Aspirin Exacerbated Respiratory Disease (AERD)

 Aspirin Exacerbated Respiratory Disease (AERD)

M. Julian Adame, MD
UTMB Allergy and Immunology Fellow
Julia W. Tripple, MD
Assistant Professor of Medicine
Division Director, ad interim
Division of Allergy & Immunology, Department of Internal Medicine
The University of Texas Medical Branch Galveston


Aspirin-exacerbated respiratory disease (AERD) refers to the combination of chronic rhinosinusitis with nasal polyps (CRSwNP), asthma, and hypersensitivity reactions to cyclooxygenase (COX-1) inhibitors such as aspirin and non-steroidal anti-inflammatory drugs (NSAIDs). AERD affects approximately 7.2 percent of asthmatics and up to 14.9 percent of severe asthmatics.1 Symptoms typically appear by middle age and there is a slight female predominance. The pathophysiology of AERD is an active area of research. However, dysregulation of lipid mediator production via the arachidonic acid pathway is a key component of the immunologic derangement.

AERD is primarily a clinical diagnosis. Classically, there is a history of upper and lower respiratory reactions (with or without urticaria and angioedema) upon ingestion of a COX-1 inhibitor in a patient with asthma and CRSwNP. Several clinical factors help predict the likelihood of AERD including: pansinusitis by imaging, complete anosmia, refractory sinus surgery and polypectomy, sinusitis incompletely resolved by antibiotics or steroids, severe persistent asthma, age of onset in third decade of life, and respiratory reactions with any NSAID or aspirin.2

The foundation of treatment for AERD consists of treating each of the individual components of the disease and avoidance of COX-1 inhibitors. Advanced therapies include aspirin desensitization and biologics.

For CRSwNP, high-dose intranasal steroid therapy should be implemented. Patients may also require short bursts of systemic corticosteroids to alleviate nasal congestion due to polyps. Surgery is reserved for refractory and severe sinusitis with multiple polyps and nasal obstruction.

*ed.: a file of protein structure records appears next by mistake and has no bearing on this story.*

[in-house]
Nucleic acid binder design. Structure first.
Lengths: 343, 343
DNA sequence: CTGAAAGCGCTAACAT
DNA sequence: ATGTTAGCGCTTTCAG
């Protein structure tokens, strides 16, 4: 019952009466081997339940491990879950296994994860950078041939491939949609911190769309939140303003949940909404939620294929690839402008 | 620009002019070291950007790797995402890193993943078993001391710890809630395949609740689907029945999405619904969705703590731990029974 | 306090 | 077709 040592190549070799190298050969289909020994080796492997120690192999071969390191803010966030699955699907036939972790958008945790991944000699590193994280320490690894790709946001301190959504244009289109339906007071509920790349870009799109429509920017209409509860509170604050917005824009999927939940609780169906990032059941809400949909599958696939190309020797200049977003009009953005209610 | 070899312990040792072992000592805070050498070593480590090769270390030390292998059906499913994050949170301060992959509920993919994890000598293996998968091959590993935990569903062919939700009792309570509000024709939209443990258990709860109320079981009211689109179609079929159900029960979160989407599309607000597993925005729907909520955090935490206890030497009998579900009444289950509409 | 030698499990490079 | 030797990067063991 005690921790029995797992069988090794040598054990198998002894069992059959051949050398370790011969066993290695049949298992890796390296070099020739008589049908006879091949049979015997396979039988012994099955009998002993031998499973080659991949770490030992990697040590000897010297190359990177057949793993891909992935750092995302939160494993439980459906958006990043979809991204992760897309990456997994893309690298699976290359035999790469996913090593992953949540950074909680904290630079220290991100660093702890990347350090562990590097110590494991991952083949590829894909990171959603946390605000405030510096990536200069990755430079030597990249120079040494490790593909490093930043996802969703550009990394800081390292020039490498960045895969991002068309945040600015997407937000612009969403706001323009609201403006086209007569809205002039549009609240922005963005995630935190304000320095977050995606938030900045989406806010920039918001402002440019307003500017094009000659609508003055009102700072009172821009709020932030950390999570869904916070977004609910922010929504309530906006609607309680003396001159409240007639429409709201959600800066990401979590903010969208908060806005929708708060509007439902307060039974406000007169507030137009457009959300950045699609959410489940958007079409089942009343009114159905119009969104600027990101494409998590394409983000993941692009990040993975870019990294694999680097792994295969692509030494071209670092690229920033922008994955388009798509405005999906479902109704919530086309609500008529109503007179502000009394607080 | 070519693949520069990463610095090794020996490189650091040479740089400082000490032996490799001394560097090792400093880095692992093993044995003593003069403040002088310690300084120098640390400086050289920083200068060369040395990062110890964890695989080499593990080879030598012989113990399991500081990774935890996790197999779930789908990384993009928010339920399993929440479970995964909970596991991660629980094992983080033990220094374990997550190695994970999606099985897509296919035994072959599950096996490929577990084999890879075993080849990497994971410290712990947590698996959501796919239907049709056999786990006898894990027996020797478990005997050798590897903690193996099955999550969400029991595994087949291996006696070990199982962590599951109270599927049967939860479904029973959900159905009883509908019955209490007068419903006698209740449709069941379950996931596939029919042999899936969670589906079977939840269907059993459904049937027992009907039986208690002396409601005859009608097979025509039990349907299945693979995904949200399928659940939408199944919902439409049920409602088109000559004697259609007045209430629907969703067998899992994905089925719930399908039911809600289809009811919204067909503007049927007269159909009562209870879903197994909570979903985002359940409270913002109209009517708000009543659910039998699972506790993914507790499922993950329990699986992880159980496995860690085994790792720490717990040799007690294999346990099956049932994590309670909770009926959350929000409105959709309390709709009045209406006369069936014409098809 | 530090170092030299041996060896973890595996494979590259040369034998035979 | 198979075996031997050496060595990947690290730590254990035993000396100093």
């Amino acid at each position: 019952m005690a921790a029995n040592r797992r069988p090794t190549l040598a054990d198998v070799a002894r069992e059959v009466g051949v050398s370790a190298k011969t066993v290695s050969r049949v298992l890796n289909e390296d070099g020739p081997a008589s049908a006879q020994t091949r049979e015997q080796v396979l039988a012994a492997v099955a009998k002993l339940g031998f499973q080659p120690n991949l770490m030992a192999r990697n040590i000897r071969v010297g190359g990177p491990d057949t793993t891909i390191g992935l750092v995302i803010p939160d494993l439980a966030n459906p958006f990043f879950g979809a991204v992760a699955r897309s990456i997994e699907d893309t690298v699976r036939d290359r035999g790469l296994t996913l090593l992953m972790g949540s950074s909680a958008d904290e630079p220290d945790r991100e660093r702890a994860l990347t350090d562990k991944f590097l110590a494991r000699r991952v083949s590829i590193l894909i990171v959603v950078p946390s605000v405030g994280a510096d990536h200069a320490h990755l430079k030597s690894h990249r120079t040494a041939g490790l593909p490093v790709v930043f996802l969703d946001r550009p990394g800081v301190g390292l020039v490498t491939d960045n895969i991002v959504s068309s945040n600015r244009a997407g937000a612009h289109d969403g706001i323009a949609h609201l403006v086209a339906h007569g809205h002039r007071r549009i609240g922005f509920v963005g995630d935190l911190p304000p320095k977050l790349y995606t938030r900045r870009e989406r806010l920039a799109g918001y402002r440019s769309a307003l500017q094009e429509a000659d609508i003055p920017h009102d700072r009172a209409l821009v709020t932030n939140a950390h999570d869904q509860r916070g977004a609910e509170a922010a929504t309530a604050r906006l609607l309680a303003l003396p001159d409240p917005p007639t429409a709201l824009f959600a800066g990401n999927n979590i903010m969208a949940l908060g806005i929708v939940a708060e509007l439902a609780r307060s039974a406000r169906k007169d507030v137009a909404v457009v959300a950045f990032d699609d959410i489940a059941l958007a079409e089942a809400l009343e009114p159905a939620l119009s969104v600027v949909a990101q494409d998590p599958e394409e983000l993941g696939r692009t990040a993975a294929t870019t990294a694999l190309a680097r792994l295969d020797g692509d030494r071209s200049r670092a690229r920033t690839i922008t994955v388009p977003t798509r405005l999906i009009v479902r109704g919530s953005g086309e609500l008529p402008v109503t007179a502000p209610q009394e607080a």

Asthma therapy should reflect current guidelines and include a stepwise approach. Combination of inhaled corticosteroids and long-acting bronchodilators are the mainstay for moderate to severe asthma. For patients who have not been treated with a leukotriene modifying agent, a trial is reasonable.

Interestingly, aspirin desensitization is a unique option for management of AERD. Desensitization reduces both upper and lower airway symptoms, improves sense of smell, reduces sinus infections, decreases need for further surgery, and need for systemic steroids.3,4 Aspirin desensitization can be a first line therapy but is indicated particularly in patients who require daily aspirin or NSAID therapy for another comorbidity.

Under the guidance of an allergy specialist, a one- or two-day aspirin desensitization is performed by administering increasing doses of oral aspirin in a monitored setting. Doses are doubled until a dose of 325 mg is tolerated, at which point the patient is considered desensitized. Therapeutic doses are then gradually increased at home. Patients must continue to take aspirin to maintain tolerance and clinical benefit. Studies have shown that 325 mg is needed to maintain cross-desensitization to other NSAIDs, but target doses to achieve clinical benefit for AERD are in the range of 650–1300 mg daily.

Lastly, biologics can be considered. While none have approval yet for AERD, some are approved for asthma and/or CRSwNP, and can be helpful for patients with AERD. These include omalizumab, mepolizumab, and dupilumab.

In summary, AERD is a phenotype of severe asthma and should be considered in patients with a history of chronic rhinosinusitis with nasal polyps, asthma, and aspirin or NSAID hypersensitivity.



  1. Rajan JP, Wineinger NE, Stevenson DD, White AA. Prevalence of aspirin-exacerbated respiratory disease among asthmatic patients: A meta-analysis of the literature. J Allergy Clin Immunol. Mar 2015;135(3):676-81.e1. doi:10.1016/j.jaci.2014.08.020
  2. Scott DR, White AA. Approach to desensitization in aspirin-exacerbated respiratory disease. Ann Allergy Asthma Immunol. Jan 2014;112(1):13-7. doi:10.1016/j.anai.2013.09.011
  3. Walters KM, Waldram JD, Woessner KM, White AA. Long-term Clinical Outcomes of Aspirin Desensitization With Continuous Daily Aspirin Therapy in Aspirin-exacerbated Respiratory Disease. Am J Rhinol Allergy. Jul 2018;32(4):280-286. doi:10.1177/1945892418770260
  4. Cho KS, Soudry E, Psaltis AJ, et al. Long-term sinonasal outcomes of aspirin desensitization in aspirin exacerbated respiratory disease. Otolaryngol Head Neck Surg. Oct 2014;151(4):575-81. doi:10.1177/0194599814545750